I would submit to the Committee—and I would ask the Financial Secretary to correct the impression if I am mistaken—that almost all of these things, if not quite all, are things about which almost all, if not quite all, the factors are already known. I do not quite see why there should be any sub-legislative power granted' in this Bill at all. It may have been impossible for a Schedule to have been put into this Bill providing the regulations, but at the very least it is fair to say that this sub-legislation will be of a more predictable kind than sub-legislation generally is. This is the occasion which has been chosen for removing this sub-legislation wholly from the control of the House of Commons. Under Sub-section (1) we have some control by negative procedure but under Sub-section (4), unless these Amendments are carried, the House of Commons has no control whatever over the exercise of this legislative faculty by 151 the Treasury. If I am not out of Order in referring to a subsequent Clause, it seems to me that some control is given there, where the class of beneficiaries is to be extended by Order in Council. If I may say. so without impertinence, that is obviously proper. But, on the other hand, from an ordinary House of Commons point of view of the control of back benchers over Ministers, it is less important in that Clause than it is under Clause 3, because you may be quite sure that where Ministers are anxious by Order in Council to bring a new set of persons under the benefits of the Act, there would be members who would be briefed and informed upon that, whereas you can almost be sure that very few would be fully briefed or informed on Sub-section (4) (a), (b), (c), (d), and (e) until it was too late. I beg the Committee to consider—although this may seem to some a constitutional pedantry—whether this is not really a Bill in which the House of Commons should exercise even more care than usual and exercise its right at this stage to see that all legislation is with its authority and by its consent.
§ Sir J. Anderson
The matters which have been raised to-day in regard to the problem of control over subordinate legislation, really involve important general considerations which, I should have thought, whould have been best dealt with apart from the provisions of this Bill, or any other Bill of a similar nature. There was the same kind of question on the Education Bill the other day. I think hon. Members are aware that it is the hope of the Government that an opportunity may be found at a fairly early date to discuss the whole of this very important question, which goes to the root of our procedure and may have a very important bearing on the capacity' of Parliament to deal with the legislative programme that lies ahead. This Amendment—and the subsequent Amendments—has, I think, only just appeared on the Order Paper. I certainly have not had adequate time to consider what may be involved and I would be very sorry to have to give a definite answer on the point now. I would prefer, if the Committee would agree, that we should break off our proceedings at this point, because there is other Business to be transacted, and that we should take the matter up at the next opportunity when I should hope that we 152 should be able to complete the Committee Stage and perhaps the other stages of the Bill.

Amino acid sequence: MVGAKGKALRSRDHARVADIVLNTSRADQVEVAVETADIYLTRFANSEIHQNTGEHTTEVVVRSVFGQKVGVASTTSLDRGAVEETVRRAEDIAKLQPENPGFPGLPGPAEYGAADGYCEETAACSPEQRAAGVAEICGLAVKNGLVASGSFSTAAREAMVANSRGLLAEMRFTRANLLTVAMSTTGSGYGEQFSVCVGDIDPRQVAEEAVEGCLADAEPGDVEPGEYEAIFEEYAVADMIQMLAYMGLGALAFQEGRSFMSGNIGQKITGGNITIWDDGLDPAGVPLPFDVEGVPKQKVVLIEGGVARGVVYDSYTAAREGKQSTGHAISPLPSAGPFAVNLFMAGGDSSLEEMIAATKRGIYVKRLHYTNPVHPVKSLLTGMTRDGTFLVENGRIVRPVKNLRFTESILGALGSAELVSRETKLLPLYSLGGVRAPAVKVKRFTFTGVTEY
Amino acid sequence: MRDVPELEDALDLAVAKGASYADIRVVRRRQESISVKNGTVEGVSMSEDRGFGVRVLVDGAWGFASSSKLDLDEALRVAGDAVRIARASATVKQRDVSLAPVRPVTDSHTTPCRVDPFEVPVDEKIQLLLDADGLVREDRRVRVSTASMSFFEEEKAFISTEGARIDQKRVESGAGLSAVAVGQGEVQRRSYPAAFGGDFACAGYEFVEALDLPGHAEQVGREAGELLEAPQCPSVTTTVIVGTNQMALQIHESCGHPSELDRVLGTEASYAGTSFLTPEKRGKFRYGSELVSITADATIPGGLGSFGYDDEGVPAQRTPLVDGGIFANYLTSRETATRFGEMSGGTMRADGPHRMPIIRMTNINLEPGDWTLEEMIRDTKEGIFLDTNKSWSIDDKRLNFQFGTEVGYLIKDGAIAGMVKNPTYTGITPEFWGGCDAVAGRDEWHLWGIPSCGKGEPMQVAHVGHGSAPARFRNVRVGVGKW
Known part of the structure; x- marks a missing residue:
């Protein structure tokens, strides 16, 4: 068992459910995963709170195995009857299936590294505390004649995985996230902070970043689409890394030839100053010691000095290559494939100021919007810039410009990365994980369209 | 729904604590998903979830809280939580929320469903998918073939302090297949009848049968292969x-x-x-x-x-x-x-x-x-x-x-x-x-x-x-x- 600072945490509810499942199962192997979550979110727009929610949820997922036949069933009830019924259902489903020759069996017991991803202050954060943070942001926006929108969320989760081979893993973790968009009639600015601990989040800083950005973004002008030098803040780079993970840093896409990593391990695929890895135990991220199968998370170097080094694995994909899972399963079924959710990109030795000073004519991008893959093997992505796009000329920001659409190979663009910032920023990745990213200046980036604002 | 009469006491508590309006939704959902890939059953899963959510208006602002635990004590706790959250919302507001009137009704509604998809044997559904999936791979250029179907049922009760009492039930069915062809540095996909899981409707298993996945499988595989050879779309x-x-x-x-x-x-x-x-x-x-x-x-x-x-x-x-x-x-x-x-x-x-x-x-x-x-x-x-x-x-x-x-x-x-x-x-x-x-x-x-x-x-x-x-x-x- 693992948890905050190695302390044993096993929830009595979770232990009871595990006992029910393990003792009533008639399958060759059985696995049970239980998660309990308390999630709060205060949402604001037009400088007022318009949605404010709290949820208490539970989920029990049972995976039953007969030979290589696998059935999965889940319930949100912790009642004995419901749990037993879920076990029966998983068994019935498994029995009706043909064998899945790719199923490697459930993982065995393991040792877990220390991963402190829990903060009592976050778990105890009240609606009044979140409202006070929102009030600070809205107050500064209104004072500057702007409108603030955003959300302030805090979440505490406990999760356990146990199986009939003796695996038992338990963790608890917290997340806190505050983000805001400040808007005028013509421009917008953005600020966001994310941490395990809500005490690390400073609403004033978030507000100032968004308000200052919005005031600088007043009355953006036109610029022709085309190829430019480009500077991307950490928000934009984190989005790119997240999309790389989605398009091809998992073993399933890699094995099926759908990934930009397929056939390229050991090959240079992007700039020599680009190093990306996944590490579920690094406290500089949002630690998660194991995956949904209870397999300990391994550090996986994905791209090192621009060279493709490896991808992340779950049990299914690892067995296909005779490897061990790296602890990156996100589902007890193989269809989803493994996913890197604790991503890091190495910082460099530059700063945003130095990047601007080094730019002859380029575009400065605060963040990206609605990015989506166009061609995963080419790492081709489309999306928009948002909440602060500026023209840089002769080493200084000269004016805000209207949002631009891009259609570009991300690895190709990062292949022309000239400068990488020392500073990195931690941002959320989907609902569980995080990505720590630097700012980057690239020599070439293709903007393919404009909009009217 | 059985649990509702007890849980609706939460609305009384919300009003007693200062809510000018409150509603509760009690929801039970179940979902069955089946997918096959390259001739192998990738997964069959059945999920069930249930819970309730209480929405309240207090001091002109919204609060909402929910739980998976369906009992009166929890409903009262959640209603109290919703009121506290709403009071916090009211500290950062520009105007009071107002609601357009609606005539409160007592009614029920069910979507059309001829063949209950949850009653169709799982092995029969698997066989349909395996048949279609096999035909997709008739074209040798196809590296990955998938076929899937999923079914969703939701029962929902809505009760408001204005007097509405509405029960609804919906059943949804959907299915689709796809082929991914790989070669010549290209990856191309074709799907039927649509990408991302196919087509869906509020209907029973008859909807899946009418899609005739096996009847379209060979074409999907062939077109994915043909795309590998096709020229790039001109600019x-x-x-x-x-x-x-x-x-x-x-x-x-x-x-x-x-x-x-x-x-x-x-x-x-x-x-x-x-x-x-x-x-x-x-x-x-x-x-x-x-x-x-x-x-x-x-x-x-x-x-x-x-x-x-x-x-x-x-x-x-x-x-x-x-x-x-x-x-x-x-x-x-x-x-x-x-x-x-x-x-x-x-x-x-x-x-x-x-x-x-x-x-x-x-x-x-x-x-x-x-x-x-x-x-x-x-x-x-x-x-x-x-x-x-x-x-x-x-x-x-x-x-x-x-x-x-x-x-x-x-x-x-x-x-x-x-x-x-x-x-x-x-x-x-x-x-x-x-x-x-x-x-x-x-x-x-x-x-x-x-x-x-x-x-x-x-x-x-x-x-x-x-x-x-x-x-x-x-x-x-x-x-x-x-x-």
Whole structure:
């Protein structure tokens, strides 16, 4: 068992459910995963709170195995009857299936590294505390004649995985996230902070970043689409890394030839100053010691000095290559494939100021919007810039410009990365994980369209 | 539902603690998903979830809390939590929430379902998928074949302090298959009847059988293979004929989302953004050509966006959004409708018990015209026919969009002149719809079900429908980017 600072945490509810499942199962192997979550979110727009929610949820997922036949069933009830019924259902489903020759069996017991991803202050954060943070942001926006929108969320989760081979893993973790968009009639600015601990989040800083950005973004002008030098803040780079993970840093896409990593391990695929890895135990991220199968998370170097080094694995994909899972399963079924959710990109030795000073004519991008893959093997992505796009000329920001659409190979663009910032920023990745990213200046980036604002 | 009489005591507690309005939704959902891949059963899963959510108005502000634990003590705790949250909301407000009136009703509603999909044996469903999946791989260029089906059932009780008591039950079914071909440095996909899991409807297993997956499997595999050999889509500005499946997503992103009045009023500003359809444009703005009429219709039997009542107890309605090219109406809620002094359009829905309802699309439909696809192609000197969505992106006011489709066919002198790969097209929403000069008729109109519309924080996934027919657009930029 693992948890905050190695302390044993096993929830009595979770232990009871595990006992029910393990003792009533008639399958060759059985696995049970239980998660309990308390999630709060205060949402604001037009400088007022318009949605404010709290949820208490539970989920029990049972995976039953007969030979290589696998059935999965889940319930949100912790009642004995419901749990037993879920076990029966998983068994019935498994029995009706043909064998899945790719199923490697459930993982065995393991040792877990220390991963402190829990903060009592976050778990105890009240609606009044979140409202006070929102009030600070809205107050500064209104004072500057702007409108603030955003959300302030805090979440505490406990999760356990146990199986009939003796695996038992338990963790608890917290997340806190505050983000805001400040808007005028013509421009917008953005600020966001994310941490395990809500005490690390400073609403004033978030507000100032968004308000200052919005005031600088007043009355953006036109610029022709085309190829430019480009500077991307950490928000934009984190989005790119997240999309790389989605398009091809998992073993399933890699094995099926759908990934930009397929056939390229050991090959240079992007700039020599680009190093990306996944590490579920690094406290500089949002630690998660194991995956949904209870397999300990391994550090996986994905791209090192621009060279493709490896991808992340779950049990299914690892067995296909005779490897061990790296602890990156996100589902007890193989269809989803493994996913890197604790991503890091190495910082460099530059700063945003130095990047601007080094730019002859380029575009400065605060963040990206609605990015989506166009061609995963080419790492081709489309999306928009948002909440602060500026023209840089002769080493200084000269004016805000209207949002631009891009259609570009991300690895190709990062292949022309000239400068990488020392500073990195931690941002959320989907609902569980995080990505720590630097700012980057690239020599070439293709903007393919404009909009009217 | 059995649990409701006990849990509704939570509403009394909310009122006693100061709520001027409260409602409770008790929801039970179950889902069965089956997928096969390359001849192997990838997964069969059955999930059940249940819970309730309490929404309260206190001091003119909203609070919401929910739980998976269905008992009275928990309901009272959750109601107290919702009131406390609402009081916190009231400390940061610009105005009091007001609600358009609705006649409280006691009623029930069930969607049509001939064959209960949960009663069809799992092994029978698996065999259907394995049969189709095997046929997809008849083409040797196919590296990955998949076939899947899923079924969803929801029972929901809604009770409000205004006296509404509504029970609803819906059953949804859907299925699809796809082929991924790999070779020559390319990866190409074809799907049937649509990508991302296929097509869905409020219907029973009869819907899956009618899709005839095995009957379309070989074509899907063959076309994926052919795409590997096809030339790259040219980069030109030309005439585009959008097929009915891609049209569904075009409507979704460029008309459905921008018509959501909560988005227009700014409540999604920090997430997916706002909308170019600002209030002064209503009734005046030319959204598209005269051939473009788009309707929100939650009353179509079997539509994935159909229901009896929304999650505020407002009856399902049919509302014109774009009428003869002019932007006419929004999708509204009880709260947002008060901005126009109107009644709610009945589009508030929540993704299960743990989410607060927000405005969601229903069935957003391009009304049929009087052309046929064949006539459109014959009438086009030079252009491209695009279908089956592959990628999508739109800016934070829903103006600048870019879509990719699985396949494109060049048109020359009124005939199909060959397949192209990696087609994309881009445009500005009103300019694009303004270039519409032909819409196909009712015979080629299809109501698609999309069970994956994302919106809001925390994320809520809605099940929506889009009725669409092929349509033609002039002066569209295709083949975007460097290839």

The course I am suggesting, if it commends itself to Members, is this: A very important question has been raised by my hon. and gallant Friend the Member for Lonsdale (Sir I. Fraser) who, I know, would wish the Government to give full consideration to his proposal in the light of the speeches that have been made today on this subject. I, unhappily, for reasons which I could not control, was not able to hear those speeches and I would like to consider the whole matter. Quite frankly, if I am not out of Order in saying so, I do see very considerable difficulty because I think there are other categories, for instance, persons in receipt of Civil Defence pensions, in receipt of compensation for injuries suffered by enemy attack and in receipt of workmen's compensation allowances, which ought to be considered at the same time. Personally, I thought that the disregard of £52 would have covered all that. However, if we do as I have suggested, break off now by reporting Progress, that will give me the opportunity, which I should like to have, of considering all these matters very fully.
Ordered: "That the Chairman do report Progress, and ask leave to sit again." [Sir J. Anderson.]
Committee report Progress; to sit again To-morrow.